7) Not all women with PCOS have cysts on their ovaries.
Diagnosis in now largely based upon symptoms dubbed the “Rotterdam” criteria.[i] These criteria include the original National Institutes of Health[ii] and EAE-PCOS Society diagnostic criteria. To be diagnosed with PCOS, a woman must present two out of the three criteria: 1- Anovulation, 2- Hyperandrogenism, and/or 3- Polycystic Ovaries (on an ultra sound). Even with these criteria in place, diagnosis can be tricky. Characteristics can vary widely based life stage, genotype, ethnicity, and environmental and lifestyle factors such as body weight and eating habits. Birth control pills may also interfere with test results because they lower androgens.
8) You likely also have nutrient deficiencies.
Most women with PCOS have some level of nutrient deficiency. It could simply be that they don’t eat a complete diet or that the foods they eat are causing inflammation. It could be that a genetic mutation like MTHFR that makes processing certain nutrients difficult. The birth control pill and Metformin both deprive the body of vitamin B. Pay special attention to your levels of vitamin D, magnesium, omega 3, inositol, and zinc.
9) The root cause of PCOS varies.
PCOS is really a syndrome because it is a collection of symptoms which vary from woman to woman. That may be because there are several root causes. For example, for a few reasons, the ovaries may produce too many male hormones (mainly testosterone) and trigger PCOS. The birth control pill is a second culprit. Many women have PCOS symptoms immediately after stopping the pill when the communication between the brain and ovaries doesn’t reconnect right away or if they had PCOS before going on the pill in the first place. PCOS may also have a genetic link; In fact, studies show that a woman with PCOS has a 40% likelihood of having a sister with the syndrome and a 35% chance of having a mother with the disorder.[iii] If heredity is the case, a woman’s PCOS may be triggered by rapid weight gain or other risk factors.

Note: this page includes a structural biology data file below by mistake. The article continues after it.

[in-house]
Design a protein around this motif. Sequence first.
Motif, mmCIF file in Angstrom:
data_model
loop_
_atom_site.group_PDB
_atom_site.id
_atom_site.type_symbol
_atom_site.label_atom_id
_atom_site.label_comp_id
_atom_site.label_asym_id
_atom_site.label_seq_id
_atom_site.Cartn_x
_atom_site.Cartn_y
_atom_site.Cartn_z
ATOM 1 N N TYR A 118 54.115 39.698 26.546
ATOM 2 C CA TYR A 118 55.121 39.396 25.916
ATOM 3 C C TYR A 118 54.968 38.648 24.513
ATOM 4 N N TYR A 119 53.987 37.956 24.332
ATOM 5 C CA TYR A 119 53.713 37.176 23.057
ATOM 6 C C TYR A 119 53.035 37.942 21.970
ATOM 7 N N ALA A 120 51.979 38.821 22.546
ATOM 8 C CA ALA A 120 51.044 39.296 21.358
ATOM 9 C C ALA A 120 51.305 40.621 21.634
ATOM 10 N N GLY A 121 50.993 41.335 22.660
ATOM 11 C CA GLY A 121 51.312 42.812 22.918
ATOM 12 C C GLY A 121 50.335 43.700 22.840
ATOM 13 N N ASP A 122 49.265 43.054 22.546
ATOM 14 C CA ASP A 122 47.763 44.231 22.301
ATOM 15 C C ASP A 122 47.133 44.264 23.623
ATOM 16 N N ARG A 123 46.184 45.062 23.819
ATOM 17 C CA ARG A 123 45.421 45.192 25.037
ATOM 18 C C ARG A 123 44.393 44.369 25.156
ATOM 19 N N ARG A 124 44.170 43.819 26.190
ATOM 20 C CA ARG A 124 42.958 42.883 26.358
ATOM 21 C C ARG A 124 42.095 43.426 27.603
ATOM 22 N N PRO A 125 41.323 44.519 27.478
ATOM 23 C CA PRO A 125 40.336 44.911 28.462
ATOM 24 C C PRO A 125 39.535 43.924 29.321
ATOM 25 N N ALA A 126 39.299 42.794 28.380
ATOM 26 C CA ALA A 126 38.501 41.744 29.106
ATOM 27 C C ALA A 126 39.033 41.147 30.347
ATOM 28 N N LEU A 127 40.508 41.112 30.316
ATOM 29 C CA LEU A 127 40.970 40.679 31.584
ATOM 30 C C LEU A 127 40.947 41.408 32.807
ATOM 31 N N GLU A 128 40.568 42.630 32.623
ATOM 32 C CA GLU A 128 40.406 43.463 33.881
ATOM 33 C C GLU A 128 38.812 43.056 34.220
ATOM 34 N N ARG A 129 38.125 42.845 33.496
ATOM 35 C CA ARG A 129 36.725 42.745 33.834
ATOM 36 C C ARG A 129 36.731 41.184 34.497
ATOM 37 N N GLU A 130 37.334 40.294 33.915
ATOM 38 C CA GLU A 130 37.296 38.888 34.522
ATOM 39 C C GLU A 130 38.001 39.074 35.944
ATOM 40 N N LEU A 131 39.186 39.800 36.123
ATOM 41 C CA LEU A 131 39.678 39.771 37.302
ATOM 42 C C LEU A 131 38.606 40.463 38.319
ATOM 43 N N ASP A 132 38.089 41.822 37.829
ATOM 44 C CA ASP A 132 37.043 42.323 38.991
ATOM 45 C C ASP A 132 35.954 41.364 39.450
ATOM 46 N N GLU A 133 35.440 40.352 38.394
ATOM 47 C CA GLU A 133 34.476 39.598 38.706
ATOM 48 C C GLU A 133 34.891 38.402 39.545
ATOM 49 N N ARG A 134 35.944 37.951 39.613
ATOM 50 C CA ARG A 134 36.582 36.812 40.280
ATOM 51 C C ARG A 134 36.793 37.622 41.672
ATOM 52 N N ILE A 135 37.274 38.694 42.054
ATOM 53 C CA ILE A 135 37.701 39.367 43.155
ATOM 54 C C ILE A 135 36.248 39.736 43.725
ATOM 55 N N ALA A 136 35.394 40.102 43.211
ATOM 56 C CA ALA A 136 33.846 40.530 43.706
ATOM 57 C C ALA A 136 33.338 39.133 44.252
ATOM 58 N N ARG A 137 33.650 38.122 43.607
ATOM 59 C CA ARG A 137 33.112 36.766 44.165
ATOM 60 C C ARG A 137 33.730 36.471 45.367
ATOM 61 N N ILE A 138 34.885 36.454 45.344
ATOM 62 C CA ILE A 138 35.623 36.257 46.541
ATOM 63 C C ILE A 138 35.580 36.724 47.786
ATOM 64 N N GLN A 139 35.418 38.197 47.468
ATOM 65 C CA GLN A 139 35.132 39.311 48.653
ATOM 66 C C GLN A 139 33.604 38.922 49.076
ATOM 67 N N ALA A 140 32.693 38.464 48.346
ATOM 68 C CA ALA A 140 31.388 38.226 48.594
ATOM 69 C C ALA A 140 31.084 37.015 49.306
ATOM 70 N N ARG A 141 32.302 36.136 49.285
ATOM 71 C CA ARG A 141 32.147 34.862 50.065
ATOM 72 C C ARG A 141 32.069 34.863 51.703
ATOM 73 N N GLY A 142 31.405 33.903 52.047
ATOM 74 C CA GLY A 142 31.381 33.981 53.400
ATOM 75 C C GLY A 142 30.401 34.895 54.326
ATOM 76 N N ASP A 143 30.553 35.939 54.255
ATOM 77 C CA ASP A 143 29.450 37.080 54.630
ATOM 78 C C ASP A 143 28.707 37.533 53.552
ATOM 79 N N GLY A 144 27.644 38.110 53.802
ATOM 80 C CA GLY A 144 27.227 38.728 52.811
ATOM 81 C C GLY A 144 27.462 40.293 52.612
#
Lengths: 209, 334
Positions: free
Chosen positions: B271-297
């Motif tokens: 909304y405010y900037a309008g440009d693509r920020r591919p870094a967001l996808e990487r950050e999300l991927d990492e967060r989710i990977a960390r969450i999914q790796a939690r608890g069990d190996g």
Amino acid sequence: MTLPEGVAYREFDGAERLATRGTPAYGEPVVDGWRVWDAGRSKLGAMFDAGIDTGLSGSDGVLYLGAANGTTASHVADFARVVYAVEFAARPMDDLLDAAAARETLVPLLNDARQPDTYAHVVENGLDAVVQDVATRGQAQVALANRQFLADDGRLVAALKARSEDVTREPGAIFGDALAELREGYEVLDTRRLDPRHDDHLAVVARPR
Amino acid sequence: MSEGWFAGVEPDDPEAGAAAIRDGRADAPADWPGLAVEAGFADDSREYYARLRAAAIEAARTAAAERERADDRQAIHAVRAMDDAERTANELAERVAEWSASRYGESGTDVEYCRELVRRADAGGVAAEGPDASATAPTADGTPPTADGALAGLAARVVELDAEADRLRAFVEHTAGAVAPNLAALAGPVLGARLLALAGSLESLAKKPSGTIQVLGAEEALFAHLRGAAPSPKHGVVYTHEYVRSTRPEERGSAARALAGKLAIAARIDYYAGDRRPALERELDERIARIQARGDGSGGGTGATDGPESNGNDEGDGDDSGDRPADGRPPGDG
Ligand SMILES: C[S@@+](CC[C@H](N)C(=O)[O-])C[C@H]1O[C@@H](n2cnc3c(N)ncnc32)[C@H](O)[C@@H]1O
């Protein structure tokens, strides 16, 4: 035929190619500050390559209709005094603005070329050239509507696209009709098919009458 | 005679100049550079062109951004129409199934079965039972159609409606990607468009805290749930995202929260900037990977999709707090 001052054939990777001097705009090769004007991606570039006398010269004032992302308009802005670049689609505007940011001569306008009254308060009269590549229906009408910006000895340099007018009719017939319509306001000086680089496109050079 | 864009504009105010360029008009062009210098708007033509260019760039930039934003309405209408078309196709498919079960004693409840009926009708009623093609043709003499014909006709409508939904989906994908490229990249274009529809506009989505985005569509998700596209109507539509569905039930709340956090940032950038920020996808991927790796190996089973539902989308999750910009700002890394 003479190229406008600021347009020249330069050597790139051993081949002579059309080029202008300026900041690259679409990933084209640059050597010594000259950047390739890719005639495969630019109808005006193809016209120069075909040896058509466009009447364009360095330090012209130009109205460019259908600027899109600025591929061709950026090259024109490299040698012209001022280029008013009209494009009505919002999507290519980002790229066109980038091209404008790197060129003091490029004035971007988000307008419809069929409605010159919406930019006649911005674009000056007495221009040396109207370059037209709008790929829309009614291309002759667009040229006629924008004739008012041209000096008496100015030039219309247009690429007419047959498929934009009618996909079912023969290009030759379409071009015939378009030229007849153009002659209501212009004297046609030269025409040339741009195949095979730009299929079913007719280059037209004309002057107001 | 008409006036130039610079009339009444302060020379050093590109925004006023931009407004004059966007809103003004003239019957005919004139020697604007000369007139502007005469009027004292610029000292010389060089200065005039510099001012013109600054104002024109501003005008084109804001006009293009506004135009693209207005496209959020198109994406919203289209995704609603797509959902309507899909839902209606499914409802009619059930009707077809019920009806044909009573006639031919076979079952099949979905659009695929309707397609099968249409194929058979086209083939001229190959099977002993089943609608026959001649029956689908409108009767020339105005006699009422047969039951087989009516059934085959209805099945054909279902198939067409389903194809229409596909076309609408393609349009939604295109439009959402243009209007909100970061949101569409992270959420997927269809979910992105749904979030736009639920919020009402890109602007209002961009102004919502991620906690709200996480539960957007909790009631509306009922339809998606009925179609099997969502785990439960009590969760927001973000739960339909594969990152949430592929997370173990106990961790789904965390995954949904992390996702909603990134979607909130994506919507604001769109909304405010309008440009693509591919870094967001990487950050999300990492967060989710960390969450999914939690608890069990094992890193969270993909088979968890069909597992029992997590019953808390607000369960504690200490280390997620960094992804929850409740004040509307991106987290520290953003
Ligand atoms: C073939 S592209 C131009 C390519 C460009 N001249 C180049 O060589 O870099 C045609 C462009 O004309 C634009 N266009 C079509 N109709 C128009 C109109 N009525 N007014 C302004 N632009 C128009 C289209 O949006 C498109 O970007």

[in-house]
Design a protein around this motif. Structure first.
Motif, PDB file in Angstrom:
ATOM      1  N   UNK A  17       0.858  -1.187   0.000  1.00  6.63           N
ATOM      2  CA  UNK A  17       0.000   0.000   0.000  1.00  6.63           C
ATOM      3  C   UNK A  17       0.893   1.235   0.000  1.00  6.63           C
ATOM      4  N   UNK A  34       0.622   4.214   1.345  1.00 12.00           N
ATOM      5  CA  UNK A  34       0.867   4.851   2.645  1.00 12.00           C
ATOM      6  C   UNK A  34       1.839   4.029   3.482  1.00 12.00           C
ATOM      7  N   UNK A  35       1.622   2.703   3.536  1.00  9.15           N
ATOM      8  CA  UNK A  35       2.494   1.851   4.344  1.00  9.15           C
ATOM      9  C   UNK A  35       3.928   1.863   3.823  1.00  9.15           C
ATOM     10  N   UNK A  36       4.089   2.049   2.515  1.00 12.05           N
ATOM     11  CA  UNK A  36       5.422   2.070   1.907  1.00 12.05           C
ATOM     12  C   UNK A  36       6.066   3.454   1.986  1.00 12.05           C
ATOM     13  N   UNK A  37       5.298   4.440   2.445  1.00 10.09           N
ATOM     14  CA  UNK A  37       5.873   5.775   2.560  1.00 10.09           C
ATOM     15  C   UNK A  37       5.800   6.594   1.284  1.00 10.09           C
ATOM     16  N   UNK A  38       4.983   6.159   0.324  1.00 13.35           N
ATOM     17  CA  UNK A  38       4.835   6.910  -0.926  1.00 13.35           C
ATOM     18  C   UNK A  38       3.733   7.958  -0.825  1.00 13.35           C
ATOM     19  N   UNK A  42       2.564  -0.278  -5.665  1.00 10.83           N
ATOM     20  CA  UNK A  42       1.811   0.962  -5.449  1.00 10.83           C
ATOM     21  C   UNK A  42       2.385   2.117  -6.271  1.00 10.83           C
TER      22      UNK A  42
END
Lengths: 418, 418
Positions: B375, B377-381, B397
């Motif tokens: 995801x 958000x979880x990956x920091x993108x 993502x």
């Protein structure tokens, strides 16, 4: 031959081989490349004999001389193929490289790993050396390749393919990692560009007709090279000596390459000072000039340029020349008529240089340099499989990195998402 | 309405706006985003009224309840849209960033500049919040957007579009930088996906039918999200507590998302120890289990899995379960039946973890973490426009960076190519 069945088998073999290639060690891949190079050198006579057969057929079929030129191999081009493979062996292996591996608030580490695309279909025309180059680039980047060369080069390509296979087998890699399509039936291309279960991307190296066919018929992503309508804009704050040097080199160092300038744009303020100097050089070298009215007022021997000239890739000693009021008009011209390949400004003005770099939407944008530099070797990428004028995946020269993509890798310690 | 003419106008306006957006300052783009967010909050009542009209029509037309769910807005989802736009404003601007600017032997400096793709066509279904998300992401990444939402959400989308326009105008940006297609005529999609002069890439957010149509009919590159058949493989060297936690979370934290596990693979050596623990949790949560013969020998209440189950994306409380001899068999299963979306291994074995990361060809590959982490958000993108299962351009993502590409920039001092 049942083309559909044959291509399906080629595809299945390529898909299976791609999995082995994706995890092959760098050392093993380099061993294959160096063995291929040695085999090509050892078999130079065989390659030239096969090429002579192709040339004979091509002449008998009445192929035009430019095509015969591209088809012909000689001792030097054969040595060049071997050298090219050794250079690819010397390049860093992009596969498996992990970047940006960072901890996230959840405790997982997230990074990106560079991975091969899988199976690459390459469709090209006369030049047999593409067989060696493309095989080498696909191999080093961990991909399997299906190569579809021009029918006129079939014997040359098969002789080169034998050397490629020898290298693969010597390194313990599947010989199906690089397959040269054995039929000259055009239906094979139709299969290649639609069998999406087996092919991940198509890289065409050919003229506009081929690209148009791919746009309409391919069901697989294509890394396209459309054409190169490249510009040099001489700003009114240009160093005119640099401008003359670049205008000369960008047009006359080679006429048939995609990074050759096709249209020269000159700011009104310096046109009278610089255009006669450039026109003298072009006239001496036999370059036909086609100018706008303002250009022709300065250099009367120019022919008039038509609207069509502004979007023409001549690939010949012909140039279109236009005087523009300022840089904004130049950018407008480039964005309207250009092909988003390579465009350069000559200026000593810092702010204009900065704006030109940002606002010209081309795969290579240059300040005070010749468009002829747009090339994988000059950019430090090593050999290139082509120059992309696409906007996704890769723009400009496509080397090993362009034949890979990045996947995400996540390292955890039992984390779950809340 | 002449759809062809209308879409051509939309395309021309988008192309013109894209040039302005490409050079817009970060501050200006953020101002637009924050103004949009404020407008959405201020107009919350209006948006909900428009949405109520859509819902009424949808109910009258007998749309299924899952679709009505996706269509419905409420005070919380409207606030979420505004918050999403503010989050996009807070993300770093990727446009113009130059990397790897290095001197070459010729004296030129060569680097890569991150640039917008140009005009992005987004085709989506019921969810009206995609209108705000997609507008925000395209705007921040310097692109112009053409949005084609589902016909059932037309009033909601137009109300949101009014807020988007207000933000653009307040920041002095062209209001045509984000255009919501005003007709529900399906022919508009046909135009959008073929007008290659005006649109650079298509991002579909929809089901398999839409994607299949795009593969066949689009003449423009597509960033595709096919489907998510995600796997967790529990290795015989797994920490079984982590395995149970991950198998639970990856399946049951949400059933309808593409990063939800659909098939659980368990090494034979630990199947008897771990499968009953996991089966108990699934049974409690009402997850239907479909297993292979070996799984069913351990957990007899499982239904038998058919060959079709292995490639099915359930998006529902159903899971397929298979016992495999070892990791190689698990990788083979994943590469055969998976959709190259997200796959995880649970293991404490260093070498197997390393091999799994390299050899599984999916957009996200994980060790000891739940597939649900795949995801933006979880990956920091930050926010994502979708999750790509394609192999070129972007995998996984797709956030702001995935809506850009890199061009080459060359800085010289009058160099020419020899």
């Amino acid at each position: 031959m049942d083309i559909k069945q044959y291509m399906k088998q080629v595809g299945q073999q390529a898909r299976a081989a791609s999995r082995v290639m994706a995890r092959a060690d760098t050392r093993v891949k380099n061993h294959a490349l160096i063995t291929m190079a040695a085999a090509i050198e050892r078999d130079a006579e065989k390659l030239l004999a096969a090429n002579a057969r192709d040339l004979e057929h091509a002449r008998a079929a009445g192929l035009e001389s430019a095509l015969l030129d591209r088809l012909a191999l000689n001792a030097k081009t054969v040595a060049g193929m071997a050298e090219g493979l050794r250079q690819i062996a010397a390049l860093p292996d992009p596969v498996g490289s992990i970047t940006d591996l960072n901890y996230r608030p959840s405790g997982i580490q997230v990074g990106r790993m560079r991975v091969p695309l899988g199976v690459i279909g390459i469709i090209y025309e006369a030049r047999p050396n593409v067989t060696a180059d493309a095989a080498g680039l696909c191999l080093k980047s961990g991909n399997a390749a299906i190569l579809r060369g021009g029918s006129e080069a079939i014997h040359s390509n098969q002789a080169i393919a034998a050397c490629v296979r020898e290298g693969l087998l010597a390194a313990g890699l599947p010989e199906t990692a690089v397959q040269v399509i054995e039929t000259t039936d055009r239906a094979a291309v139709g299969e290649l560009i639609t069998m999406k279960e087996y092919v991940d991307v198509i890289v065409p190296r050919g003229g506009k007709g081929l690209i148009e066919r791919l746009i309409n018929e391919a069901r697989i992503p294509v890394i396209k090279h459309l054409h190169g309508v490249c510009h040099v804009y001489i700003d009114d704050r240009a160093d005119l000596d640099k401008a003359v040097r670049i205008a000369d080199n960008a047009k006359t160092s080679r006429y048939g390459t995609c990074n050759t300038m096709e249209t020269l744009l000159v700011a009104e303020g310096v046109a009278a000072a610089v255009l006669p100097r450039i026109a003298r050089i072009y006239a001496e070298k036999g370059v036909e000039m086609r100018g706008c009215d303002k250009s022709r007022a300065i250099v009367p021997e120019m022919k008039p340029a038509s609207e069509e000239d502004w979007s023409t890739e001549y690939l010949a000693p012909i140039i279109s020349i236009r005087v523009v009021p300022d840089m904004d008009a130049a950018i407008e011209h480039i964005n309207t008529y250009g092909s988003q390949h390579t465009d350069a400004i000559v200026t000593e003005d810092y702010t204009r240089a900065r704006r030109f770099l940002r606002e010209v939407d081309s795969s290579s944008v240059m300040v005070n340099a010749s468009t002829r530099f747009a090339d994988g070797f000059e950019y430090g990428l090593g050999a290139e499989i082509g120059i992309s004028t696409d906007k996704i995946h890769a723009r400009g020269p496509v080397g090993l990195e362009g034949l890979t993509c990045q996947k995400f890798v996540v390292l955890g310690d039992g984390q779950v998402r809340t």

10) PCOS has upsides and you can absolutely thrive!
PCOS is not all gloom and doom. We have stronger muscles and bones. We are fertile longer, have a higher pain threshold, superior spatial skills, and are strong leaders. With the right care, you can resolve your symptoms, thrive, and live your best life with PCOS.
Amy Medling, best-selling author of Healing PCOS and certified health coach, specializes in working with women with Polycystic Ovary Syndrome (PCOS), who are frustrated and have lost all hope when the only solution their doctors offer is to lose weight, take a pill, and live with their symptoms. In response, Amy founded PCOS Diva and developed a proven protocol of supplements, diet, and lifestyle programs that offer women tools to help gain control of their PCOS and regain their fertility, femininity, health, and happiness.
[i] Rotterdam ESHRE/ASRM- Sponsored PCOS Consensus Workshop Group. Revised 2003 Consensus on diagnostic Criteria and Lon-Term Health Risks Related to Polycystic Ovarian Syndrome. Fertility and Sterility, 2004; 81, 19.
[ii] Zawadaki, R and Dockerty M, Diagnostic Criteria for Polycystic Ovarian Syndrome: Towards a Rational Approach. In: Dunaif A, Given JR, Jaseltine F, Merriam GR, editors. Current Issues in Endocrinology and Metabolism: Polycystic Ovarian Syndrome. Boston: Blackwell Scientific, 1992: 337.
[iii] Futterweit, A Patient’s Guide, 11.